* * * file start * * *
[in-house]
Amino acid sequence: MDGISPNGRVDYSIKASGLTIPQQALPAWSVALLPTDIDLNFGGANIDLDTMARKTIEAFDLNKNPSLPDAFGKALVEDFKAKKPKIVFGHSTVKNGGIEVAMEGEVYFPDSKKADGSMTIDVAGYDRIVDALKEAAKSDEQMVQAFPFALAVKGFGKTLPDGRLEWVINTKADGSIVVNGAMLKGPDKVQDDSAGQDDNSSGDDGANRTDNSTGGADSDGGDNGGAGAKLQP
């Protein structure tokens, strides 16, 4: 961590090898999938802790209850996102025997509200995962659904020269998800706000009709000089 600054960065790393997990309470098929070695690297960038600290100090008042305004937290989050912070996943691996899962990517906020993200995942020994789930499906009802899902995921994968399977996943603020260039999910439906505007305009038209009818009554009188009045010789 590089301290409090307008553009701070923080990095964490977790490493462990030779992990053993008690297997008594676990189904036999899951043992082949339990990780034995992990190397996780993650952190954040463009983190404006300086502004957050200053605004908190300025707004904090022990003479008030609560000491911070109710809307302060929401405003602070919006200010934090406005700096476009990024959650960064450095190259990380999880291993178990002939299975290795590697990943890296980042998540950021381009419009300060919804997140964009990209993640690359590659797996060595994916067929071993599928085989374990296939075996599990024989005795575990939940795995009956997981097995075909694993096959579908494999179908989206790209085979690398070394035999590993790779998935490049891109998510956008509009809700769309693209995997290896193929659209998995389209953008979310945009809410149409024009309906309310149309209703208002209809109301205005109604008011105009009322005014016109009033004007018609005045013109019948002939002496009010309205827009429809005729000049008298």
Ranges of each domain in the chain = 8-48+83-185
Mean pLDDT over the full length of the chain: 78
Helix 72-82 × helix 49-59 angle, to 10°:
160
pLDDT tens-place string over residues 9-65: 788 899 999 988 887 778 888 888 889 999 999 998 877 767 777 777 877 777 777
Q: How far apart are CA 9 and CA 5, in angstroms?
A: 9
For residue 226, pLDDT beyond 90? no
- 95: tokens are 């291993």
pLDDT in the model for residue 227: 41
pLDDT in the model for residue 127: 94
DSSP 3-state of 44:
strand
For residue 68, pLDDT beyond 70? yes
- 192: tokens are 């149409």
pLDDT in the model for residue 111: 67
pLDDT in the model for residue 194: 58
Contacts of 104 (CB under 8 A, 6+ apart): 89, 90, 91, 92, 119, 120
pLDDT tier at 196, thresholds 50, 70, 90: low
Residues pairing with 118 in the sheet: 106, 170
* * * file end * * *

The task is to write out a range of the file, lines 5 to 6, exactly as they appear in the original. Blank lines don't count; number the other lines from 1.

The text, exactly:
Mean pLDDT over the full length of the chain: 78
Helix 72-82 × helix 49-59 angle, to 10°: